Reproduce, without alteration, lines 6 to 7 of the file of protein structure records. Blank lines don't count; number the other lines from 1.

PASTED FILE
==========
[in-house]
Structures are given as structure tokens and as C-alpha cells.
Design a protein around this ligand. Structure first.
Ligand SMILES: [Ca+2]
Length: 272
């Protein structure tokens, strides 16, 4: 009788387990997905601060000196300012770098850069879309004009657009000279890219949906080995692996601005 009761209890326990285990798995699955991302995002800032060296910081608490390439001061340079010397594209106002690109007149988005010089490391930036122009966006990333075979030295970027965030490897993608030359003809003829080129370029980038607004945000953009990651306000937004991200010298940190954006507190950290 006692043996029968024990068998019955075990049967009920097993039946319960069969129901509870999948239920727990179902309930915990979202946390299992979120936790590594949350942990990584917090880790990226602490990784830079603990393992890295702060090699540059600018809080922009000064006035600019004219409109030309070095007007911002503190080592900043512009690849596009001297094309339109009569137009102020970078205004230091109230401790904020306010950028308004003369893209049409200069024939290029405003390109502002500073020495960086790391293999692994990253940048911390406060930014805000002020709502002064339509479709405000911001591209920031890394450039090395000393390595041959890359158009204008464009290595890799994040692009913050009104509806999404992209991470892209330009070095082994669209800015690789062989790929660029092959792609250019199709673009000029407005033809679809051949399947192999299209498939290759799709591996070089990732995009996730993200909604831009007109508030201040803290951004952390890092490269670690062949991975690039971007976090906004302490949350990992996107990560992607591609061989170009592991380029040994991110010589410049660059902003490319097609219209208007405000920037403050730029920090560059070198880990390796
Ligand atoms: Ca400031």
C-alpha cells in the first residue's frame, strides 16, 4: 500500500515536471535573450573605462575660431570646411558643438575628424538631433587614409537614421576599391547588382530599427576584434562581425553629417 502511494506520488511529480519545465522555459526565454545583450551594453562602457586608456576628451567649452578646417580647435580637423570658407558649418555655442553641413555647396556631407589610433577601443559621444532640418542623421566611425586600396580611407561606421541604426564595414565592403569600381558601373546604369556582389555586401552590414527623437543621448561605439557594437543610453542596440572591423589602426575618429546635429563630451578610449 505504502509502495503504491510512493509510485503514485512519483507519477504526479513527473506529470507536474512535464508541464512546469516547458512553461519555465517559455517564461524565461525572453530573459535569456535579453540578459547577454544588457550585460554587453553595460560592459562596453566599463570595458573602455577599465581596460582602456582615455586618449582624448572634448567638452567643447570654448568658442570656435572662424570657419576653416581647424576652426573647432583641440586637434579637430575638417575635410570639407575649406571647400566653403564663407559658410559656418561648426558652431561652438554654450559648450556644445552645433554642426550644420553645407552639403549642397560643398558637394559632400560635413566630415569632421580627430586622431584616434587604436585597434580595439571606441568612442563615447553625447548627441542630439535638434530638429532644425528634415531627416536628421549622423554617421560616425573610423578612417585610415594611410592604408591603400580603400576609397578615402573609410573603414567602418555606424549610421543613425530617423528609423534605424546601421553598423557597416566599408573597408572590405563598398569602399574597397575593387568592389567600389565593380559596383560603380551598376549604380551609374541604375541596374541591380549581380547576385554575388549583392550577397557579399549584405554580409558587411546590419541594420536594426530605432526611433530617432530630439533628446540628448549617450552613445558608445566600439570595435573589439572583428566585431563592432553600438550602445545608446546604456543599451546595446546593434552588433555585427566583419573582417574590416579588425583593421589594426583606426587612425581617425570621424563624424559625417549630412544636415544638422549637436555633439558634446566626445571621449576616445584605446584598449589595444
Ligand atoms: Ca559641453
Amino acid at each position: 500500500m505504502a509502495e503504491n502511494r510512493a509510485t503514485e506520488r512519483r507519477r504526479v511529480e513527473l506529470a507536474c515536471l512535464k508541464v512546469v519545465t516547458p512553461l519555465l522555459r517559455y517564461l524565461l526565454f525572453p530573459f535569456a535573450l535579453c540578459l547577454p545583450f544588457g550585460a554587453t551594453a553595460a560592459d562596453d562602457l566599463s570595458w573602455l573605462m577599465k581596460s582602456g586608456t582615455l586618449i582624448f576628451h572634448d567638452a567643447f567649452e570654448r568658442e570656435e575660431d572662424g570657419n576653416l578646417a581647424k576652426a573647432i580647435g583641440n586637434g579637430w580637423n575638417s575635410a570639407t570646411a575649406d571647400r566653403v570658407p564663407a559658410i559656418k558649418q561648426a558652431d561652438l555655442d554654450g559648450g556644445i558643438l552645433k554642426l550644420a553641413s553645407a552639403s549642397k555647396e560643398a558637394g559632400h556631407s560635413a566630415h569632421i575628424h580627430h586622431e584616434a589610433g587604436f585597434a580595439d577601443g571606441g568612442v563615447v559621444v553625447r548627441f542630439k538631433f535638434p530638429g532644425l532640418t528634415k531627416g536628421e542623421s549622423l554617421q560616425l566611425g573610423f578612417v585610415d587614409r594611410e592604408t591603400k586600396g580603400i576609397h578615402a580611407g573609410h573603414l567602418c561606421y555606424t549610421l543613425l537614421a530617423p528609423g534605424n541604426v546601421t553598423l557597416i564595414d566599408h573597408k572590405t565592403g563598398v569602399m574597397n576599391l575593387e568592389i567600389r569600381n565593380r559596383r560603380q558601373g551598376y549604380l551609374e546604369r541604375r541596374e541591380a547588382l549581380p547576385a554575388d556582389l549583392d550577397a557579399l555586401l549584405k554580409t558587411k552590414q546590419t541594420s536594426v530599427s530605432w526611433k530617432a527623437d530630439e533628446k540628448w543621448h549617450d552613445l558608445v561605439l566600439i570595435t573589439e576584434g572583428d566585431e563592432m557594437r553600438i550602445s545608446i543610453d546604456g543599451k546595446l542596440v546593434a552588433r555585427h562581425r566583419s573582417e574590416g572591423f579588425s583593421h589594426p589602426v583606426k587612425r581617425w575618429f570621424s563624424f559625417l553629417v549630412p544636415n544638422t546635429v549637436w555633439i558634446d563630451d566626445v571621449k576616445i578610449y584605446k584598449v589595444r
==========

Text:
């Protein structure tokens, strides 16, 4: 009788387990997905601060000196300012770098850069879309004009657009000279890219949906080995692996601005 009761209890326990285990798995699955991302995002800032060296910081608490390439001061340079010397594209106002690109007149988005010089490391930036122009966006990333075979030295970027965030490897993608030359003809003829080129370029980038607004945000953009990651306000937004991200010298940190954006507190950290 006692043996029968024990068998019955075990049967009920097993039946319960069969129901509870999948239920727990179902309930915990979202946390299992979120936790590594949350942990990584917090880790990226602490990784830079603990393992890295702060090699540059600018809080922009000064006035600019004219409109030309070095007007911002503190080592900043512009690849596009001297094309339109009569137009102020970078205004230091109230401790904020306010950028308004003369893209049409200069024939290029405003390109502002500073020495960086790391293999692994990253940048911390406060930014805000002020709502002064339509479709405000911001591209920031890394450039090395000393390595041959890359158009204008464009290595890799994040692009913050009104509806999404992209991470892209330009070095082994669209800015690789062989790929660029092959792609250019199709673009000029407005033809679809051949399947192999299209498939290759799709591996070089990732995009996730993200909604831009007109508030201040803290951004952390890092490269670690062949991975690039971007976090906004302490949350990992996107990560992607591609061989170009592991380029040994991110010589410049660059902003490319097609219209208007405000920037403050730029920090560059070198880990390796
Ligand atoms: Ca400031």